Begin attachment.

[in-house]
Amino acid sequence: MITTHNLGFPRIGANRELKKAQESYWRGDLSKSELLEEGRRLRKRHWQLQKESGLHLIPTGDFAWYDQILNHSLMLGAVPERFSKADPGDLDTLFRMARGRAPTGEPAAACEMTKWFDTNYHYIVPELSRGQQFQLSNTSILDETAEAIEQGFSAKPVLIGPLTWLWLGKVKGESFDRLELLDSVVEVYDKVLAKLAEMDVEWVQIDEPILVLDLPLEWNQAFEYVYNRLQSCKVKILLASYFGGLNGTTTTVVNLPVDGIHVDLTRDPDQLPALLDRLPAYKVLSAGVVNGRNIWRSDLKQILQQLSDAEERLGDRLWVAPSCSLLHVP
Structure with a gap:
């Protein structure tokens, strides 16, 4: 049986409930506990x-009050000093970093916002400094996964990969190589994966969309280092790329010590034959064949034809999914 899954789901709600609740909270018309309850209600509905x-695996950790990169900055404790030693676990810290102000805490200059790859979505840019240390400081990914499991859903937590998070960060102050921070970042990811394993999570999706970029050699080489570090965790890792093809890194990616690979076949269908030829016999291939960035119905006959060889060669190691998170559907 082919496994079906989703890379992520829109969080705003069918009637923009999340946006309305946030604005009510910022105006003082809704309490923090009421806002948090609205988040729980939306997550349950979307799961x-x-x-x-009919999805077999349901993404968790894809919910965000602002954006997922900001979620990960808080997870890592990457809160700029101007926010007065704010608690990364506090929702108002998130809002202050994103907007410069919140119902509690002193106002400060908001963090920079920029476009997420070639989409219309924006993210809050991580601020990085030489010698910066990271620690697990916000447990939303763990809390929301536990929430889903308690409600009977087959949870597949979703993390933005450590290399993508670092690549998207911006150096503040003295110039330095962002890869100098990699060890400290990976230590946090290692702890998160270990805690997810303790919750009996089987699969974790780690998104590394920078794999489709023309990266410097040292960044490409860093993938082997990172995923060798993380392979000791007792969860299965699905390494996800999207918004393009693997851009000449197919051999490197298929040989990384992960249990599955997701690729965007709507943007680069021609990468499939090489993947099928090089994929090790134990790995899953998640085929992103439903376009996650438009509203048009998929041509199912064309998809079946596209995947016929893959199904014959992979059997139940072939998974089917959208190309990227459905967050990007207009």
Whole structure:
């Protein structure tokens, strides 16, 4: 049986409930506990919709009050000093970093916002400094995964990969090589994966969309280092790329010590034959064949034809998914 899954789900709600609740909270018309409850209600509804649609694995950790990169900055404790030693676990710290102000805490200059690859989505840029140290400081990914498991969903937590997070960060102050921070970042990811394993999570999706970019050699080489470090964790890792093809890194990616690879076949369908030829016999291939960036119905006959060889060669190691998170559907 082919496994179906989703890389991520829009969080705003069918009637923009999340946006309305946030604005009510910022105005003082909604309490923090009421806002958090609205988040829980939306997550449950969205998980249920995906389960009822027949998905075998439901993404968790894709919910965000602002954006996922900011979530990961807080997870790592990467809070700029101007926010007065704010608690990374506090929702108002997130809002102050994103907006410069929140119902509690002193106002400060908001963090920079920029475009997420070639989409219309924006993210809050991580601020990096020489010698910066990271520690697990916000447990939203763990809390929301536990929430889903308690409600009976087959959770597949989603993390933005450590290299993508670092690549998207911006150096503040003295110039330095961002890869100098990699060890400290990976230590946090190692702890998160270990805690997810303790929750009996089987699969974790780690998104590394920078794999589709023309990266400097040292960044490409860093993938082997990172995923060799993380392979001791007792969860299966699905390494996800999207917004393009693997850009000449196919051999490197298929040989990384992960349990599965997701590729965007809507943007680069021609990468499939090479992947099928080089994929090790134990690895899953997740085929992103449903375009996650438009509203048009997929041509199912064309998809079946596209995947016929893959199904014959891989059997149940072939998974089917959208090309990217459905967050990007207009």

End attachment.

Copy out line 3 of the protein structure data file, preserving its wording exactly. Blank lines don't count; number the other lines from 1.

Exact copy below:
Structure with a gap: